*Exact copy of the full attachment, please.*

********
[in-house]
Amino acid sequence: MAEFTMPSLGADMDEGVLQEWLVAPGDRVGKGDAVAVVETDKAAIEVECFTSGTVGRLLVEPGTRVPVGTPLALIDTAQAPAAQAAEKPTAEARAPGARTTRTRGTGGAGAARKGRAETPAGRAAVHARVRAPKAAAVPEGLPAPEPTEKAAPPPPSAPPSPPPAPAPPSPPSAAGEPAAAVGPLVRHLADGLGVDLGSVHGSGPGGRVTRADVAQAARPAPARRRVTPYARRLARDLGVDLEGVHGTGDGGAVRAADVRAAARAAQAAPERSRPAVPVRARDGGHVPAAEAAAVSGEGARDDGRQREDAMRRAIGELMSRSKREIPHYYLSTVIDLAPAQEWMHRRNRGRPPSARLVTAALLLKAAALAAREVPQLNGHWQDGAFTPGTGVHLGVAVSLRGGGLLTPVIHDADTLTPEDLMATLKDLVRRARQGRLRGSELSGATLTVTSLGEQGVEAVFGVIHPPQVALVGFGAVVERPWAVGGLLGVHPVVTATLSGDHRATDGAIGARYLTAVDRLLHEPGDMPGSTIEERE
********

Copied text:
[in-house]
Amino acid sequence: MAEFTMPSLGADMDEGVLQEWLVAPGDRVGKGDAVAVVETDKAAIEVECFTSGTVGRLLVEPGTRVPVGTPLALIDTAQAPAAQAAEKPTAEARAPGARTTRTRGTGGAGAARKGRAETPAGRAAVHARVRAPKAAAVPEGLPAPEPTEKAAPPPPSAPPSPPPAPAPPSPPSAAGEPAAAVGPLVRHLADGLGVDLGSVHGSGPGGRVTRADVAQAARPAPARRRVTPYARRLARDLGVDLEGVHGTGDGGAVRAADVRAAARAAQAAPERSRPAVPVRARDGGHVPAAEAAAVSGEGARDDGRQREDAMRRAIGELMSRSKREIPHYYLSTVIDLAPAQEWMHRRNRGRPPSARLVTAALLLKAAALAAREVPQLNGHWQDGAFTPGTGVHLGVAVSLRGGGLLTPVIHDADTLTPEDLMATLKDLVRRARQGRLRGSELSGATLTVTSLGEQGVEAVFGVIHPPQVALVGFGAVVERPWAVGGLLGVHPVVTATLSGDHRATDGAIGARYLTAVDRLLHEPGDMPGSTIEERE